Sometimes in life, we have to give up something to get something else. For me, it’s time to say farewell to this blog.
Yep, after more than 700 (!) posts, this is my last one – at least for a while.
I wrote my first post on Sept. 27, 2009 when I became president of the National Federation of Press Women. My first post was about my campaign platform. With members across the country, I was looking for a means to share knowledge with others on a regular and frequent basis. For some reason, I thought that posting three times a week would be ideal. Members and other followers responded favorably to the posts even after my term as president ended two years later.
Through the years, I did scale back. Now instead of posting three times a week (what was I thinking?!), I now post three times a month. My focus evolved, too, and my tagline became, “Navigating careers, the media and life.”
The few times when I considered ceasing publication, others would convince me to keep writing. They shared how the advice guided them through a difficult time, provided them with new tools, or reinforced messages they were sharing with their colleagues or bosses. So I kept writing.
I have enjoyed every minute of the writing. But the blog was more than writing. First came the ideas and research, then writing followed by editing. I always appreciated when my readers pointed out errors so I could fix them, even when it was a former police officer who worked for me and was so proud to point out a mistake. Harvey wasn’t trying to show me up, but rather to show me that he had learned some rules of writing from me. I was thankful he reached out.
My blog is not controversial so comments aren’t frequent. I always appreciated hearing at conferences and workshops from readers who shared, “I don’t comment on your blog, but I want you to know how much I enjoy it.” That meant the world to me because the blog truly is a labor of love.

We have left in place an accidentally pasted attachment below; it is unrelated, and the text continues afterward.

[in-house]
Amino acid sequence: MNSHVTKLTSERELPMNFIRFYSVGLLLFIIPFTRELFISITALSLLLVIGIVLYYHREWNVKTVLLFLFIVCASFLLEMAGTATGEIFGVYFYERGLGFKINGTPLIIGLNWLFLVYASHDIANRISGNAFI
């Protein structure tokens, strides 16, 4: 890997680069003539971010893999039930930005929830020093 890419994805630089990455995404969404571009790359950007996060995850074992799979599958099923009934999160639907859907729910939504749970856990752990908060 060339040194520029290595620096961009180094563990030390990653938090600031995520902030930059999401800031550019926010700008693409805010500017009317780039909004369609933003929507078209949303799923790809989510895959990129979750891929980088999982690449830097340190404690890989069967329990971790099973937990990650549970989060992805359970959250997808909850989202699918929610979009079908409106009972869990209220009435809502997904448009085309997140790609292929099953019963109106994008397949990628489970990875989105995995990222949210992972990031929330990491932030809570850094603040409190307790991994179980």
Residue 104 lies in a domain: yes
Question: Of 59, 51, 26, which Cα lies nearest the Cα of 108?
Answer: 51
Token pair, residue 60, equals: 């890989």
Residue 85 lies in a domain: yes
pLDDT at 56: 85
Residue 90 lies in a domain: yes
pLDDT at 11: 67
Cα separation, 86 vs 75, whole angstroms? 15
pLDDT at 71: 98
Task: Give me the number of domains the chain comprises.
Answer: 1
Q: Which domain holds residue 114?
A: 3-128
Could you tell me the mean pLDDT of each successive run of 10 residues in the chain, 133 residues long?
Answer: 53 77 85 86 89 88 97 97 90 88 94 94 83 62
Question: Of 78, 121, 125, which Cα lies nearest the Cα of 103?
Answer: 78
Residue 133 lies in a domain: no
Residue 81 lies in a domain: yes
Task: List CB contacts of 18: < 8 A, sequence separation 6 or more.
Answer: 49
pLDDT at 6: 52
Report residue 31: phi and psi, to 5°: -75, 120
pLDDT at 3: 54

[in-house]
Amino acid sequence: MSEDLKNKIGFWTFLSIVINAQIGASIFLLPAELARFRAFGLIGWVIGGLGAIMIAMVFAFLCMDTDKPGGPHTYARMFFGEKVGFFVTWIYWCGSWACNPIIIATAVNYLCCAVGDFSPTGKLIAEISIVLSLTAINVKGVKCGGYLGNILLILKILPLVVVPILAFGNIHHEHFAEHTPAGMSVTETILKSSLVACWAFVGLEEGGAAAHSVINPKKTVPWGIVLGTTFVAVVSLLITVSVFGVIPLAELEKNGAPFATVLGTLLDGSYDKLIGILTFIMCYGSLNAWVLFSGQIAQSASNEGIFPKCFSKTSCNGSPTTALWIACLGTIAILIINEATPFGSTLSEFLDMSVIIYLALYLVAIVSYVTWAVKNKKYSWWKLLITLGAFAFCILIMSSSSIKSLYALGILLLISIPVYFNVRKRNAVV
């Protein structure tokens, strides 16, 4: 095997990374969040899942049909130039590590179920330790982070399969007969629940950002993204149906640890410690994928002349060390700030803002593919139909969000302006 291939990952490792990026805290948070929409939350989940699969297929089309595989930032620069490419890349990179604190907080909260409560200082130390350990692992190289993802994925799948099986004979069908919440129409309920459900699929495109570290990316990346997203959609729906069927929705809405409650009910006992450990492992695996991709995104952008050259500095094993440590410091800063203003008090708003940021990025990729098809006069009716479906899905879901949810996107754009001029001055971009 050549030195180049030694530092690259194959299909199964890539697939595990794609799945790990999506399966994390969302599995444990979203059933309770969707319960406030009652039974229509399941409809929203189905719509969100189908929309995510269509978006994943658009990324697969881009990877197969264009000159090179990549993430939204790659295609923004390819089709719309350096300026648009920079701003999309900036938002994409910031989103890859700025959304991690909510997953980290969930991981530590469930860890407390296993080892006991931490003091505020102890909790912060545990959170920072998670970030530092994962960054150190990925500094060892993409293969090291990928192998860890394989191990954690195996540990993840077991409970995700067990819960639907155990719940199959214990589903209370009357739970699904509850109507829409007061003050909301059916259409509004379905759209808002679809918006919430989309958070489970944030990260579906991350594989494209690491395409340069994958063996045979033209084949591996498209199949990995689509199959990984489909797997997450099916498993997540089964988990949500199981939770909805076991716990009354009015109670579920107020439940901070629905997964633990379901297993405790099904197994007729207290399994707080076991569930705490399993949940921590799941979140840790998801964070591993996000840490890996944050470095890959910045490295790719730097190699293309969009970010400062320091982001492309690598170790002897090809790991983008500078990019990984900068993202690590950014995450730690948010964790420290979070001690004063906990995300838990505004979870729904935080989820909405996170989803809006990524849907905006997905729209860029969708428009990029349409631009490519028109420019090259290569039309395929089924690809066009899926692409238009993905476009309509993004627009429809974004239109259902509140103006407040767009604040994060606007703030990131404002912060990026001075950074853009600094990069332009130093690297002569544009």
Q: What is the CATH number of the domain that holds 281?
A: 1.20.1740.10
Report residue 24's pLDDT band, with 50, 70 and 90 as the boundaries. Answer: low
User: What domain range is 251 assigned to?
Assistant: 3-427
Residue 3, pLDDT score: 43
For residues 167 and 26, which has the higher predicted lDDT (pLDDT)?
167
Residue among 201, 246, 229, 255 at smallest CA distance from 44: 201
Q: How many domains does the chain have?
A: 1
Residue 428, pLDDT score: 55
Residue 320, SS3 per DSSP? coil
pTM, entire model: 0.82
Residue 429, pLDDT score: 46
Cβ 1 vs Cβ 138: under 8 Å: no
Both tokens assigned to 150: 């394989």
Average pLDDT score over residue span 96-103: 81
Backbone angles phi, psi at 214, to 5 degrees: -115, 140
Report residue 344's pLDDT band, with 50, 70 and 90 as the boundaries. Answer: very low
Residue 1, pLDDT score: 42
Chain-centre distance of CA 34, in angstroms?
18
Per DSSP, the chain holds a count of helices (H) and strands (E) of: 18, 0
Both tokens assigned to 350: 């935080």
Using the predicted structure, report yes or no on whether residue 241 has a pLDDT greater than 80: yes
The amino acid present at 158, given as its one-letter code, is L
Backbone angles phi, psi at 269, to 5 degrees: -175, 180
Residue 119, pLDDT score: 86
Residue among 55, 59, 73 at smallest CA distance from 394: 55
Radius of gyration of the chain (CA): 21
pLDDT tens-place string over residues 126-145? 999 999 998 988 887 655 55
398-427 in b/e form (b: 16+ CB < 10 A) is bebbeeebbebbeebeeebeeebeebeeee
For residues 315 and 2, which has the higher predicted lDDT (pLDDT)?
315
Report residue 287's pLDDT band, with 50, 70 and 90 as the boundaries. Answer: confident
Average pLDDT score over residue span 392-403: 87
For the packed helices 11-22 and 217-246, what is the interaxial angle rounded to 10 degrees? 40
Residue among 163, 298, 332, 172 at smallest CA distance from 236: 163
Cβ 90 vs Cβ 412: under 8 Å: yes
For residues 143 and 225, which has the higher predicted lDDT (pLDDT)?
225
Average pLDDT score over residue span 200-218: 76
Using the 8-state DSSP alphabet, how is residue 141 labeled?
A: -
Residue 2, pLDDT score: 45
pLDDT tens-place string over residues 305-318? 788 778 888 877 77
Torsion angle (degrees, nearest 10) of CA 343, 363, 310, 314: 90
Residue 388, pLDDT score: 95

That said, the top commenters on my blog posts are some of my favorite people. The top commentator is my former high school English/journalism teacher Roger Hudak. He encouraged me back in high school and he encourages me now. Anyone who knows Roger knows he will make a difference in your life.
I have appreciated all of the comments, but perhaps none more so than from Mary Lou Hinrichsen, whom I met through NFPW. Mary Lou was from Iowa and died at age 90 on Feb. 5, 2017. She was a journalist, farmer, and musician. Here’s what she once told me, “You do a great job of keeping me up to date our here in the cornfields of Iowa on what’s going on.”
When I write, I picture Mary Lou.
Another remembrance I wrote was of my dear friend and mentor Emyl Jenkins Sexton. Even now reading the post, I become teary-eyed, although she wouldn’t want that. I’m still working on becoming a published mystery author, and that is the reason I am ceasing my blog. It is time for me to focus full-time on publishing my books.
My travel memoir about visiting all 50 states before I turned 50 is finished. I am currently shopping it. My mystery was three-quarters finished, but I have decided to start fresh. Thanks to my friends and colleagues in Sisters in Crime and James River Writers, I have learned much about writing. I fear my manuscript will take much to get it in shape. Starting fresh is easiest. I’m hard at work. I will revisit the original manuscript at a later date. When I am a published author, I hope to see and meet many of you at book signings. And, I’m sure I’ll be promoting my books on my blog and elsewhere.
At the suggestion of many readers, I also plan to turn my blog posts into mini books, which I plan to sell. Check back here on occasion to see what I am up to. I hope you will stay subscribed for when the whim hits me to write a post.
For the last few weeks, I’ve enjoyed re-reading many of my blogs – reliving conferences, thinking about friendships, looking forward to new adventures, and yes, getting a bit sentimental. I knew it would be best to not announce the end of the blog in advance.
As I’ve told myself, and I’ll tell you: Don’t think of this as good-bye. Think of this as another chapter. I hope you will turn the page with me.